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D. Liang and J. E. Bowers, “Recent progress in lasers on silicon,” Nat. Photonics 4, 511–517 (2010).
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G. T. Reed, G. Mashanovich, F. Y. Gardes, and D. J. Thomson, “Silicon optical modulators,” Nat. Photonics 4, 518–526 (2010).
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J. Michel, J. Liu, and L. C. Kimerling, “High-performance Ge-on-Si photodetectors,” Nat. Photonics 4, 527–534 (2010).
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2009 (2)

P. Del’Haye, O. Arcizet, M. L. Gorodetsky, R. Holzwarth, and T. J. Kippenberg, “Frequency comb assisted diode laser spectroscopy for measurement of microcavity dispersion,” Nat. Photonics 3, 529–533 (2009).
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A. Gondarenko, J. S. Levy, and M. Lipson, “High confinement micron-scale silicon nitride high Q ring resonator,” Opt. Express 17, 11366–11370 (2009).
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2008 (1)

2007 (1)

P. Del’Haye, A. Schliesser, O. Arcizet, T. Wilken, R. Holzwarth, and T. J. Kippenberg, “Optical frequency comb generation from a monolithic microresonator,” Nature 450, 1214–1217 (2007).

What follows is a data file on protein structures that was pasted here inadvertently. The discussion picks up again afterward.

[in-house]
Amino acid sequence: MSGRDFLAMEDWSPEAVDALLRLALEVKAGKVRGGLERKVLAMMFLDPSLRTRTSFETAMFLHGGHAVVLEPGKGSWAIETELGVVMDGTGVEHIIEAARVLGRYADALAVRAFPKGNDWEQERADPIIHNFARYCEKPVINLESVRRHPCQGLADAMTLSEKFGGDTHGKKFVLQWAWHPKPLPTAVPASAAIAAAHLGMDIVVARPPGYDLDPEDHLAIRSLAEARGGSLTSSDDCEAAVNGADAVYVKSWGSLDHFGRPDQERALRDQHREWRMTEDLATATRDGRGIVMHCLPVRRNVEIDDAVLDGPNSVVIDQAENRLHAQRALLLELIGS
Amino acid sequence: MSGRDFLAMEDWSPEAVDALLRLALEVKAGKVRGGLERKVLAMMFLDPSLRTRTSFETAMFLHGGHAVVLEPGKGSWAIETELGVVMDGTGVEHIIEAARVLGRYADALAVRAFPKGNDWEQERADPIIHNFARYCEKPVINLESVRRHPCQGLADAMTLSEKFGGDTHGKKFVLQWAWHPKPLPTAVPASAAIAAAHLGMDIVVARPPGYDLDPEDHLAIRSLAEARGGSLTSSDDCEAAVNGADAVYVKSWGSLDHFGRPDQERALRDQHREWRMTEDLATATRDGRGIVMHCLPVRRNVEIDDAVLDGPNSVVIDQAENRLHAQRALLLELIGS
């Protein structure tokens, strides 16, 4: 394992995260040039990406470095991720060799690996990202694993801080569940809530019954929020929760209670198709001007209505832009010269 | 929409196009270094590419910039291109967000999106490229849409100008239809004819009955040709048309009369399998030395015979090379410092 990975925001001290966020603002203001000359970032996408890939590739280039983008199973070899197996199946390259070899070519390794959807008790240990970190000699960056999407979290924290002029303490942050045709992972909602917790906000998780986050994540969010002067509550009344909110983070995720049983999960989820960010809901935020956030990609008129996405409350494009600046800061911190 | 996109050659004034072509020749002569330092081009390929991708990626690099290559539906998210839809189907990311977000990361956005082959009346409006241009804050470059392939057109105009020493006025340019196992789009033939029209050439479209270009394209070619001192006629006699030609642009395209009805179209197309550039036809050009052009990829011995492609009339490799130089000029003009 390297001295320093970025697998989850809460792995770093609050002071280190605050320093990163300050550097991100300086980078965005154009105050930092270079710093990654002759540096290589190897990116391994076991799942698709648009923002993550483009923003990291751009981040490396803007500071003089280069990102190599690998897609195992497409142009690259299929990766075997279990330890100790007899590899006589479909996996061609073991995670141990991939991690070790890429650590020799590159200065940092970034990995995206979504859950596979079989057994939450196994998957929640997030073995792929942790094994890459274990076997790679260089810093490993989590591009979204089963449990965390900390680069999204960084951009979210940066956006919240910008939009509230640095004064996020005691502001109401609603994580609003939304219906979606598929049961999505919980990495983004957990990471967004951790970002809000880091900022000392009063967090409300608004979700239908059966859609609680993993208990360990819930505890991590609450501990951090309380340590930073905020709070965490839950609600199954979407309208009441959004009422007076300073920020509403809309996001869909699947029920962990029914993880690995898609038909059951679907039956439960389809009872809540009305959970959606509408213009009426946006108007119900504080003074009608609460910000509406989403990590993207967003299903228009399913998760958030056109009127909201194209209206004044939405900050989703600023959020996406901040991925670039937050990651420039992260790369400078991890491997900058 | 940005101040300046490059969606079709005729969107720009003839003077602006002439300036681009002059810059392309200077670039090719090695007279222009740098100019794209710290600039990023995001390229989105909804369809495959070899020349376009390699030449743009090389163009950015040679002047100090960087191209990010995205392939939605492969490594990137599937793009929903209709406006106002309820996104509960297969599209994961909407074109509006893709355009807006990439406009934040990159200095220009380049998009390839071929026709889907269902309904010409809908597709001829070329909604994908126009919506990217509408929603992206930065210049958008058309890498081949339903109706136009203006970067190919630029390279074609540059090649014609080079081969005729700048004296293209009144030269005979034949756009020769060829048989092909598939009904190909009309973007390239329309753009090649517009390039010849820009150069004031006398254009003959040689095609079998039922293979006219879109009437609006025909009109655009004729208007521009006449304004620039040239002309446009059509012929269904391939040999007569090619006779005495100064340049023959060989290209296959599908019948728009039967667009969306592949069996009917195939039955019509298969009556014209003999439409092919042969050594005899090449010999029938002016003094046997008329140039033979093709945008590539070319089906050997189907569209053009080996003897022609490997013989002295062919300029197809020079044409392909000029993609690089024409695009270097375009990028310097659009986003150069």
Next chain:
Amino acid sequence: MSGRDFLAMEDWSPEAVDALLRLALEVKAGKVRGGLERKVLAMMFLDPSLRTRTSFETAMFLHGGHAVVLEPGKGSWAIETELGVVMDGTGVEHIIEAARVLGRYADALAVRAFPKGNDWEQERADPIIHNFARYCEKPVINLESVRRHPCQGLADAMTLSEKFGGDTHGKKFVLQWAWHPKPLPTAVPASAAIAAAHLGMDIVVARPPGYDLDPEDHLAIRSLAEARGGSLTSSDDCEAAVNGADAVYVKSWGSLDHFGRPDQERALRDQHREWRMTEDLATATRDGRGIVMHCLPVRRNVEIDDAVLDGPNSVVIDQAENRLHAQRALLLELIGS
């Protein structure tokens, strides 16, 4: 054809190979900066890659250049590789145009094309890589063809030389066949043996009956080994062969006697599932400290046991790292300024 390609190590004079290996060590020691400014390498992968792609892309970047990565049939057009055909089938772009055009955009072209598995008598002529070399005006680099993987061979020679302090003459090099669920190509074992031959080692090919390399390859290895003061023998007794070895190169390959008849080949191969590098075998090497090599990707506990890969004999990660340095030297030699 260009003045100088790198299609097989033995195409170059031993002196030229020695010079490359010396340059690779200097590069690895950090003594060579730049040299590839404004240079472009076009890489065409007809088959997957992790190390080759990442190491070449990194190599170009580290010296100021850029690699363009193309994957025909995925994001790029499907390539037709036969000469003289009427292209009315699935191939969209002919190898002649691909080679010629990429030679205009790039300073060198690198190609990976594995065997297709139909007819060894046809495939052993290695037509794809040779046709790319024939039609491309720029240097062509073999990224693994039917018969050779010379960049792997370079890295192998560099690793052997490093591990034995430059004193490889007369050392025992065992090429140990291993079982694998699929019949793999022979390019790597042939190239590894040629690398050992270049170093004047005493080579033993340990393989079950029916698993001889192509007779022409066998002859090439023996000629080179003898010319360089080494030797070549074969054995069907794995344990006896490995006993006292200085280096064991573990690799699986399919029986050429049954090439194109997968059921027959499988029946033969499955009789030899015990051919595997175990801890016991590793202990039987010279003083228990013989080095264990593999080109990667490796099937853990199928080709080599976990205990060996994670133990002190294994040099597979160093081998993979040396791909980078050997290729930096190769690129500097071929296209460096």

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2006 (1)

M. A. Foster, A. C. Turner, J. E. Sharping, B. S. Schmidt, M. Lipson, and A. L. Gaeta, “Broad-band optical parametric gain on a silicon photonic chip,” Nature 441, 960–963 (2006).
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2003 (3)

2002 (1)

T. Udem, R. Holzwarth, and T. W. Hänsch, “Optical frequency metrology,” Nature 416, 233–237 (2002).
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2000 (2)

M. L. Gorodetsky, A. D. Pryamikov, and V. S. Ilchenko, “Rayleigh scattering in high-Q microspheres,” J. Opt. Soc. Am. B 17, 1051–1057 (2000).
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J. Yota, J. Hander, and A. A. Saleh, “A comparative study on inductively-coupled plasma high-density plasma, plasma-enhanced, and low pressure chemical vapor deposition silicon nitride films,” J. Vac. Sci. Technol. A 18, 372–376 (2000).
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1992 (1)

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1987 (1)

L. A. Lugiato and R. Lefever, “Spatial dissipative structures in passive optical systems,” Phys. Rev. Lett. 58, 2209–2211 (1987).
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Q. Li, A. A. Eftekhar, Z. Xia, and A. Adibi, “Unified approach to mode splitting and scattering loss in high-Q whispering-gallery-mode microresonators,” Phys. Rev. A 88, 033816 (2013).
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Almeida, V. R.

Anderson, M.

H. Guo, E. Lucas, M. H. P. Pfeiffer, M. Karpov, M. Anderson, J. Liu, M. Geiselmann, J. D. Jost, and T. J. Kippenberg, “Intermode breather solitons in optical microresonators,” Phys. Rev. X 7, 041055 (2017).